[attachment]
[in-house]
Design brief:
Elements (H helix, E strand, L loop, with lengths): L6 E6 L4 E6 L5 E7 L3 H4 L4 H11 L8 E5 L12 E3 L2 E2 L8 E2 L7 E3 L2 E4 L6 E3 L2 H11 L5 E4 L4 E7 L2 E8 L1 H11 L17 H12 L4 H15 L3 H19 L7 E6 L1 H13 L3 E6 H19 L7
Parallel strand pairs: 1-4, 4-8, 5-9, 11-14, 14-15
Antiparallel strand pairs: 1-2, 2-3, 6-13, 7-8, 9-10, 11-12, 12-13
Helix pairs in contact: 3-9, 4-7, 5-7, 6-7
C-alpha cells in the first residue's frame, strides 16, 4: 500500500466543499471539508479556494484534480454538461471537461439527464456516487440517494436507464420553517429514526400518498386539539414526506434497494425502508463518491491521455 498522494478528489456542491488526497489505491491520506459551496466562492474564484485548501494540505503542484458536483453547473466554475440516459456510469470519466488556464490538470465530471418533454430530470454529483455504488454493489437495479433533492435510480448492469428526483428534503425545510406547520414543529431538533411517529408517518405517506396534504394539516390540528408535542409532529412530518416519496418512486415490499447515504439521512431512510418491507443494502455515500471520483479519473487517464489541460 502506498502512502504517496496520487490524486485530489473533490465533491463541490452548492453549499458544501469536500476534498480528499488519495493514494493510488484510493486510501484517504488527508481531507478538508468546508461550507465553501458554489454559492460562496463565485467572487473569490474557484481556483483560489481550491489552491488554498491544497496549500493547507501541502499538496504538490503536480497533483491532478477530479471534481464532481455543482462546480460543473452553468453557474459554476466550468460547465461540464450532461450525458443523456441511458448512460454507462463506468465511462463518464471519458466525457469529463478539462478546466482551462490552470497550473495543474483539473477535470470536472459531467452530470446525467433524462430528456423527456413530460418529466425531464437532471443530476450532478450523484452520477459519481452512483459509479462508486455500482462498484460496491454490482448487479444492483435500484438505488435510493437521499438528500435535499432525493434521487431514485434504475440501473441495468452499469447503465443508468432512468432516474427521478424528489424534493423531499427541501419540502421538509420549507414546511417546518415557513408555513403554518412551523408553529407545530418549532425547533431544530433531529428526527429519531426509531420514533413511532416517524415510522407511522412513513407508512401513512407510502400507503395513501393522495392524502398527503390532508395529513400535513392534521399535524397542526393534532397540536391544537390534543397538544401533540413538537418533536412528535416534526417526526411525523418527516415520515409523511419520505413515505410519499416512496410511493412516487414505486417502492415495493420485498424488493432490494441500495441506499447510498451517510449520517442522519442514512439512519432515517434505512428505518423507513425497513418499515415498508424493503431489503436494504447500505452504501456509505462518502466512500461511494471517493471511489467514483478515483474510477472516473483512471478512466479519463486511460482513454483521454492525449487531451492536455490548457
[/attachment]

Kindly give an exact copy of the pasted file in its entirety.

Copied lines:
[in-house]
Design brief:
Elements (H helix, E strand, L loop, with lengths): L6 E6 L4 E6 L5 E7 L3 H4 L4 H11 L8 E5 L12 E3 L2 E2 L8 E2 L7 E3 L2 E4 L6 E3 L2 H11 L5 E4 L4 E7 L2 E8 L1 H11 L17 H12 L4 H15 L3 H19 L7 E6 L1 H13 L3 E6 H19 L7
Parallel strand pairs: 1-4, 4-8, 5-9, 11-14, 14-15
Antiparallel strand pairs: 1-2, 2-3, 6-13, 7-8, 9-10, 11-12, 12-13
Helix pairs in contact: 3-9, 4-7, 5-7, 6-7
C-alpha cells in the first residue's frame, strides 16, 4: 500500500466543499471539508479556494484534480454538461471537461439527464456516487440517494436507464420553517429514526400518498386539539414526506434497494425502508463518491491521455 498522494478528489456542491488526497489505491491520506459551496466562492474564484485548501494540505503542484458536483453547473466554475440516459456510469470519466488556464490538470465530471418533454430530470454529483455504488454493489437495479433533492435510480448492469428526483428534503425545510406547520414543529431538533411517529408517518405517506396534504394539516390540528408535542409532529412530518416519496418512486415490499447515504439521512431512510418491507443494502455515500471520483479519473487517464489541460 502506498502512502504517496496520487490524486485530489473533490465533491463541490452548492453549499458544501469536500476534498480528499488519495493514494493510488484510493486510501484517504488527508481531507478538508468546508461550507465553501458554489454559492460562496463565485467572487473569490474557484481556483483560489481550491489552491488554498491544497496549500493547507501541502499538496504538490503536480497533483491532478477530479471534481464532481455543482462546480460543473452553468453557474459554476466550468460547465461540464450532461450525458443523456441511458448512460454507462463506468465511462463518464471519458466525457469529463478539462478546466482551462490552470497550473495543474483539473477535470470536472459531467452530470446525467433524462430528456423527456413530460418529466425531464437532471443530476450532478450523484452520477459519481452512483459509479462508486455500482462498484460496491454490482448487479444492483435500484438505488435510493437521499438528500435535499432525493434521487431514485434504475440501473441495468452499469447503465443508468432512468432516474427521478424528489424534493423531499427541501419540502421538509420549507414546511417546518415557513408555513403554518412551523408553529407545530418549532425547533431544530433531529428526527429519531426509531420514533413511532416517524415510522407511522412513513407508512401513512407510502400507503395513501393522495392524502398527503390532508395529513400535513392534521399535524397542526393534532397540536391544537390534543397538544401533540413538537418533536412528535416534526417526526411525523418527516415520515409523511419520505413515505410519499416512496410511493412516487414505486417502492415495493420485498424488493432490494441500495441506499447510498451517510449520517442522519442514512439512519432515517434505512428505518423507513425497513418499515415498508424493503431489503436494504447500505452504501456509505462518502466512500461511494471517493471511489467514483478515483474510477472516473483512471478512466479519463486511460482513454483521454492525449487531451492536455490548457